Closure, letting go, saying goodbye, what do these mean? Many well meaning people offer these words during our plight with grief. Whether delivered with a tone of compassion, frustration, or matter-of-factness, there is an assumption that getting closure is the obvious and necessary thing for us to do. Though sincere, this advice is often poorly timed, unrealistic in its intent, and lacking substance. What does it mean to say goodbye, let go, get closure, and accept the death, and how do we do this?
Many of us experience confusion and anger when told we need to get closure with respect to the death and loss we have suffered. Usually it is not clear exactly what closure is. Often we are at a loss as to what is required of us to make this closure come about. What will it feel like, how will we know we have achieved it, how will we be different, and why is it so important?
Unfortunately, suggestions for us to say goodbye to, and let go of, the one who has died seem all to familiar. Advisories about getting closure and accepting the death also have an uncomfortably familiar feel to them. These terms have become cliché in their use. As a result, what is communicated loud and clear is the old familiar societal value; it’s time for you to act as if you are unaffected by the death and your grief, and move on with your life. The true meaning and process of saying goodbye and finding closure has been reduced to the painful and unhealthy task of disavowing our connection to the deceased, and disowning our grief.
Saying goodbye, letting go, getting closure, and accepting the death are all useful concepts if we understand what they mean, and we are realistic about how they come about. First, we must understand that they have nothing to do with forgetting the deceased, and acting as if they never existed. Grieving is about remembering, not forgetting. Secondly, we must realize that saying goodbye and letting go are processes not events. Getting closure and accepting the death are not about this being an experience that is closed down, and the death being something that is now OK. They are about the painful, often long, process of acknowledging the truth of the death, and the impact it has on us. They are about coming to grips with the loss that is ours by taking it into our hearts and minds and consciousness in a way that becomes meaningful to our ongoing existence. They are about finding a way to regain our equilibrium given the reality of the death, and how our life is changed and changing.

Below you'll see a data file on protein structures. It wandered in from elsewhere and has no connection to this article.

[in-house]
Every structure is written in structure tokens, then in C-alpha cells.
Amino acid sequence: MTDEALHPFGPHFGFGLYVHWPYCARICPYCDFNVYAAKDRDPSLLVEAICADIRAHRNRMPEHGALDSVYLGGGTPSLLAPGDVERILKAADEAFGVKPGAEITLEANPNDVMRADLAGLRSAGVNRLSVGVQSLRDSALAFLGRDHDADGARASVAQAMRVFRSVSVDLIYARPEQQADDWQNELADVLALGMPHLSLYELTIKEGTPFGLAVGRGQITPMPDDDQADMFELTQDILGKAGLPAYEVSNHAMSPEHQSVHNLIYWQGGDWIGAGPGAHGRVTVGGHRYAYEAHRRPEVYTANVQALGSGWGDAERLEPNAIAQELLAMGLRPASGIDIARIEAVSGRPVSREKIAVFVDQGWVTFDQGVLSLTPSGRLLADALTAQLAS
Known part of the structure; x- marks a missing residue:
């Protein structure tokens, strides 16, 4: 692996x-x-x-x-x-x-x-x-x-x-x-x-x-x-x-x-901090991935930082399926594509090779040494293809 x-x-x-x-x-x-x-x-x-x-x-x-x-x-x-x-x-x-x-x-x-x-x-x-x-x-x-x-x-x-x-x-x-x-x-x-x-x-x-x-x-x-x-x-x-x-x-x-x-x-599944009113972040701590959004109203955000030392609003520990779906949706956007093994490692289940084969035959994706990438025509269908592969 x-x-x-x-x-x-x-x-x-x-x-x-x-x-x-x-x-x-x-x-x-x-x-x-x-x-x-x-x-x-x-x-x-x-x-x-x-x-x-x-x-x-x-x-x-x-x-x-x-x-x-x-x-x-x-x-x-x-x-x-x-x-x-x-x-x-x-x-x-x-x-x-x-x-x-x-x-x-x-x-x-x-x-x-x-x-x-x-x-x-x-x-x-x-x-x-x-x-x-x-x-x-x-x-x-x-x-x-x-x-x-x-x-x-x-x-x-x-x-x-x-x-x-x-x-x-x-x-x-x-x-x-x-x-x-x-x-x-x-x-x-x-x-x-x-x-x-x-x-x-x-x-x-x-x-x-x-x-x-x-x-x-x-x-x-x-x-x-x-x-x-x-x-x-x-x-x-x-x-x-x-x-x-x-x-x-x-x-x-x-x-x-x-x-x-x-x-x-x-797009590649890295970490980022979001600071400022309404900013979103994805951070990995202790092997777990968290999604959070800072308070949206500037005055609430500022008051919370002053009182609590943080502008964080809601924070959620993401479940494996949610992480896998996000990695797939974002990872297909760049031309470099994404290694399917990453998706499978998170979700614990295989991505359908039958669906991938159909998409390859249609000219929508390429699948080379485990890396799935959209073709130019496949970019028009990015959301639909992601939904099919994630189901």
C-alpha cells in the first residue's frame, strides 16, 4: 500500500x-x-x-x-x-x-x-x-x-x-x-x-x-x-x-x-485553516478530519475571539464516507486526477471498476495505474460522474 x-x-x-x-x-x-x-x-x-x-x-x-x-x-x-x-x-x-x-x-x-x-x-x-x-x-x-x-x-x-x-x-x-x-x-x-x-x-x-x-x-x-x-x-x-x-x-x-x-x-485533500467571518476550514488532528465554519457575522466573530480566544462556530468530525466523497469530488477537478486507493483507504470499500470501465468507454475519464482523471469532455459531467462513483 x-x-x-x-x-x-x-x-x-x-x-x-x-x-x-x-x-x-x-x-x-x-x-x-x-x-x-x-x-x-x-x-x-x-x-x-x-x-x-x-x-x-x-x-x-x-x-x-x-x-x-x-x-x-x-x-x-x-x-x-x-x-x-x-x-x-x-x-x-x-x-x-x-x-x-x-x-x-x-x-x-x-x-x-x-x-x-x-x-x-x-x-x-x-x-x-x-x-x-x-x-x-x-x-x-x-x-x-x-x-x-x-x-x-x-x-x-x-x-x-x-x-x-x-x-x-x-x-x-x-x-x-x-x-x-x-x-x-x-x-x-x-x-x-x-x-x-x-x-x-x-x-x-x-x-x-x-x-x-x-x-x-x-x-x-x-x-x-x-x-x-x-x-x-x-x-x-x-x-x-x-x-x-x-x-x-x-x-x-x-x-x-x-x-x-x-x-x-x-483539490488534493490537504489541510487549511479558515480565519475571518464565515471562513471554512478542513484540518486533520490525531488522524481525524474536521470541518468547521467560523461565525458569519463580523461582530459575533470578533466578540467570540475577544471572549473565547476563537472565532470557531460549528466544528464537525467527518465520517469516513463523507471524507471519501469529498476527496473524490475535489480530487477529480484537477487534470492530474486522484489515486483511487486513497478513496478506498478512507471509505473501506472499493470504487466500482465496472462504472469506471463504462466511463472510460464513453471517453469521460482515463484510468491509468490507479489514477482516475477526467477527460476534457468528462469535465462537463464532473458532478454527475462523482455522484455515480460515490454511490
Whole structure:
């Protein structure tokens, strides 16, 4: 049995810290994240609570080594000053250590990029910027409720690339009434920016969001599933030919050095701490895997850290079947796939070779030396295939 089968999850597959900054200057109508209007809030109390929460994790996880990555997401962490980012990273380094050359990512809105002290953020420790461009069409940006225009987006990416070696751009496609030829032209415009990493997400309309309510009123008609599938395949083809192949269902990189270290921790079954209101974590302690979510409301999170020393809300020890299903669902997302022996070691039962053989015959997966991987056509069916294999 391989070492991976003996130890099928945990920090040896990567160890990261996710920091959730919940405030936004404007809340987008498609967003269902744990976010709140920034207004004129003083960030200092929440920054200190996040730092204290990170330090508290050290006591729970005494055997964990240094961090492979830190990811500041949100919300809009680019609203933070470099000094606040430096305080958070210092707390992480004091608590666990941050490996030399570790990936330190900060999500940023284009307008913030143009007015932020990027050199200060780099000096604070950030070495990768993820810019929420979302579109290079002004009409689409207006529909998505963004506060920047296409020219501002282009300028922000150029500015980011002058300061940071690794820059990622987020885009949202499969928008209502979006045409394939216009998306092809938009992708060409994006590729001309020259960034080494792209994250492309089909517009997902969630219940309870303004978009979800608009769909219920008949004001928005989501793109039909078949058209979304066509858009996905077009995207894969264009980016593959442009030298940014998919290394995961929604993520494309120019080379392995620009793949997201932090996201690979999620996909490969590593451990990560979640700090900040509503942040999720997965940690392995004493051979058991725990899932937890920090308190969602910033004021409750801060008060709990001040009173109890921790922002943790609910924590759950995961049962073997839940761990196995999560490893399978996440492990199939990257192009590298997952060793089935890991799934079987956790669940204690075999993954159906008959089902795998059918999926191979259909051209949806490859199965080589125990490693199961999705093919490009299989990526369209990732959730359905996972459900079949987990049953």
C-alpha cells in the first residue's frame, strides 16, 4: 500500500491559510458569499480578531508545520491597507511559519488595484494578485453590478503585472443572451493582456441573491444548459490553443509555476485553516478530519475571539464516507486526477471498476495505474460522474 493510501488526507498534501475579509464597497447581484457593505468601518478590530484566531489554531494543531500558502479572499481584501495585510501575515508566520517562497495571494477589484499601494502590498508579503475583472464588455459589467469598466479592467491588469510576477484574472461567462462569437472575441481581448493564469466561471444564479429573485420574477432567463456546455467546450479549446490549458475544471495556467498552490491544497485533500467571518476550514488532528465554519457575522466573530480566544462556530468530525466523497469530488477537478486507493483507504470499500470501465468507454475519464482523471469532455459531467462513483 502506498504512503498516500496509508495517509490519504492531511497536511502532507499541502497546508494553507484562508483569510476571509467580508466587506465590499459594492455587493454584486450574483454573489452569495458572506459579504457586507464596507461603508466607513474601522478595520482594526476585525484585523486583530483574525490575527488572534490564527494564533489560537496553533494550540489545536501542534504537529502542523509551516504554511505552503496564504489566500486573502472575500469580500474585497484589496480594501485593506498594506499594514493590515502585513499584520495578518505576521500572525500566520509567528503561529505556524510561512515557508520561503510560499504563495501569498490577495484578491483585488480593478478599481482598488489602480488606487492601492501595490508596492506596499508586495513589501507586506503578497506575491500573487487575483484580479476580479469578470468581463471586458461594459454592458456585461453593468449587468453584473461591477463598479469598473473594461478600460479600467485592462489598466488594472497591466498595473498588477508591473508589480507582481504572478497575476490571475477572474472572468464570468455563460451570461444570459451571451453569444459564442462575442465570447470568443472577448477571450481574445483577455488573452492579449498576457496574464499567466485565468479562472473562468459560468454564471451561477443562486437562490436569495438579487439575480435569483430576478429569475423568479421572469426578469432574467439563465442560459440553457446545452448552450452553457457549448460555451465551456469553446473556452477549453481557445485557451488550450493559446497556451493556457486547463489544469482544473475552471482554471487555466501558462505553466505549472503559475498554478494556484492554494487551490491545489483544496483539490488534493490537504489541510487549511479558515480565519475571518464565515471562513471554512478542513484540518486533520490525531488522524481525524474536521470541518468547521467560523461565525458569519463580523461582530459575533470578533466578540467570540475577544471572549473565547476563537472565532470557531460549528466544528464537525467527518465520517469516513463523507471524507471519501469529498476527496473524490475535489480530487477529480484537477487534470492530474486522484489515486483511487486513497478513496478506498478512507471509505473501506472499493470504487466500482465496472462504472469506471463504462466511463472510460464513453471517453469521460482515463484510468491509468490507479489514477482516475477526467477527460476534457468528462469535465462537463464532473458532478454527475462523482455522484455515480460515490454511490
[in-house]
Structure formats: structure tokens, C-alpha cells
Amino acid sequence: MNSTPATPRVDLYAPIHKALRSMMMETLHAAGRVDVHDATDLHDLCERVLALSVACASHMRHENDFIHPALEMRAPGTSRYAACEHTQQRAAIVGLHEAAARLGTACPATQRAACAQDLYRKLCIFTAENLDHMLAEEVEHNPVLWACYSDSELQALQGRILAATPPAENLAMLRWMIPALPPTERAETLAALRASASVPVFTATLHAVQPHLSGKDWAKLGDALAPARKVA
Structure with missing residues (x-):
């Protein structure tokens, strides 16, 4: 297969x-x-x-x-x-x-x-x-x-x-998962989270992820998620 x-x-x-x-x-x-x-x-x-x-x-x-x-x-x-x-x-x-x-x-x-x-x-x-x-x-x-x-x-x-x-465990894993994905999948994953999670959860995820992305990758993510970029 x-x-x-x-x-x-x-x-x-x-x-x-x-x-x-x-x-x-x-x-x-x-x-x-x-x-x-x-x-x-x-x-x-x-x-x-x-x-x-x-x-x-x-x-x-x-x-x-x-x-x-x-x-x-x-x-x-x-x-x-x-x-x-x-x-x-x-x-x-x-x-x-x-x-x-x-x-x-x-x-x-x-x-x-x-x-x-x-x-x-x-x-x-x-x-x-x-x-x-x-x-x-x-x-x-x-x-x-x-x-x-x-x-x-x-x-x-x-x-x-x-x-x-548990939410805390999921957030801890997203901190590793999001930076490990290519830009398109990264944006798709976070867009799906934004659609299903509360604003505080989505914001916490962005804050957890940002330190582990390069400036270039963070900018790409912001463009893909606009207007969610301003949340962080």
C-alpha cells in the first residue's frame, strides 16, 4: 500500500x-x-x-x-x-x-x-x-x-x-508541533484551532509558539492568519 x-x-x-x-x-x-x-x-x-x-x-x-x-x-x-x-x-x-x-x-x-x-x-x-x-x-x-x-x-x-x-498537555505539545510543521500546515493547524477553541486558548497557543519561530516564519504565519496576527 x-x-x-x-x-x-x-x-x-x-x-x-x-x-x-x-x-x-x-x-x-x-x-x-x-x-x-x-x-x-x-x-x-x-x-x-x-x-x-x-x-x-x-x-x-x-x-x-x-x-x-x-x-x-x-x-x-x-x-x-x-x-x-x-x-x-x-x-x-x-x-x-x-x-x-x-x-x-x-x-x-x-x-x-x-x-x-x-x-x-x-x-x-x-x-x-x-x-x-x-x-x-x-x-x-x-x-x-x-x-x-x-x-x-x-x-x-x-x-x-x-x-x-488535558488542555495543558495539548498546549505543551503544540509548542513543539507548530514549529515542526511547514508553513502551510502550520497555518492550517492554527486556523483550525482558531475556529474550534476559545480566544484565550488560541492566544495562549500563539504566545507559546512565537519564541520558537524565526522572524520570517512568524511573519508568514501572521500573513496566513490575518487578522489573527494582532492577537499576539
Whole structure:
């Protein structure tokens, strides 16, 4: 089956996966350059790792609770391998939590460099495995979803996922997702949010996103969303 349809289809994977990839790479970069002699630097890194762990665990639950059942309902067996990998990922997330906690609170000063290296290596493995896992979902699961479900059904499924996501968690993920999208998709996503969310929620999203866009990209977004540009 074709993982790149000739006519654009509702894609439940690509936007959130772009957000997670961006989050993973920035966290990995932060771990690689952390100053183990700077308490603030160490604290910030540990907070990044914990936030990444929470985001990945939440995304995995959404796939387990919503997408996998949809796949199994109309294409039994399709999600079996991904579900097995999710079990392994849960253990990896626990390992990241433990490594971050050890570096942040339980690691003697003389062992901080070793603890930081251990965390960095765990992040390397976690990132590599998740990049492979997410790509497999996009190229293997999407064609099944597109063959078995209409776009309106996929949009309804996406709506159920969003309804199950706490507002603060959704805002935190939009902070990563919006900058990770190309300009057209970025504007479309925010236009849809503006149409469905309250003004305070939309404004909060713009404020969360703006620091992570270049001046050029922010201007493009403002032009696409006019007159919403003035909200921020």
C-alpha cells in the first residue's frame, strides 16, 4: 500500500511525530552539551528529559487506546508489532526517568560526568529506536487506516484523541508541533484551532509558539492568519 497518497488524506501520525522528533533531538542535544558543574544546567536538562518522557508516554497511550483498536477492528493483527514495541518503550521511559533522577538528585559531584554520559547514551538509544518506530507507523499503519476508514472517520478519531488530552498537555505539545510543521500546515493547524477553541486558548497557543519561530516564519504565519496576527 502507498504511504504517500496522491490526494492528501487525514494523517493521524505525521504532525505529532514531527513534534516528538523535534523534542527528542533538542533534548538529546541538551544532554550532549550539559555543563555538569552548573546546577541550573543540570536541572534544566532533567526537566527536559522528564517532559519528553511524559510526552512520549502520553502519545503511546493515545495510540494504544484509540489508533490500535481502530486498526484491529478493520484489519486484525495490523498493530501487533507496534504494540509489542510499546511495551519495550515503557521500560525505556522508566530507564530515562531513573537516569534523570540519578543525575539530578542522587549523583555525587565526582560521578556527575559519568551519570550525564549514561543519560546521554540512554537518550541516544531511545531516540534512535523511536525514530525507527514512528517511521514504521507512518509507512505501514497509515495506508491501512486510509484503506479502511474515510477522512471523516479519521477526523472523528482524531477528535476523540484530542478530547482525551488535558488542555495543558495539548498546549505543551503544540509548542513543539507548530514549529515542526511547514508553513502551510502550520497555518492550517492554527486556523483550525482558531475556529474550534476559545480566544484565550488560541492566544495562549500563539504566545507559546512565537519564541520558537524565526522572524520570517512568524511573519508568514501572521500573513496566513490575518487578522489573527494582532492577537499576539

We may say goodbye to the one who has died many times over as we mourn. It never implies we will cease to remember or think about him or her. We will go through the painful process of letting go over and over again as our wish for the death not to be true collides with the reality that it is, and we are gradually more able to tolerate the truth. As our mourning proceeds, what we come to accept is the reality and finality of the death, and the implications this has for our life. What has come to a close is the presence of the one who has died in our life as we continue live.
Allowing for the healthy unfolding of our grief, and engaging in the healthy process of mourning, we ultimately come to a time of closure with our period of bereavement. We come to accept the new reality. We find some peace with what is, rather than being in anguish about what isn’t. We realize we will not forget the deceased, nor ignore the significance of having shared life with him or her. We realize there is no betrayal, disloyalty, or guilt in allowing our grief to diminish and bringing our mourning to a close.
Rediscovering and engaging in a life not dominated by grief is the natural outgrowth of the healthy progression of grief and mourning. Saying goodbye, letting go, getting closure, and accepting the death are all part of this arduous, and ultimately, rewarding process.
Read more about Mourning on the following pages.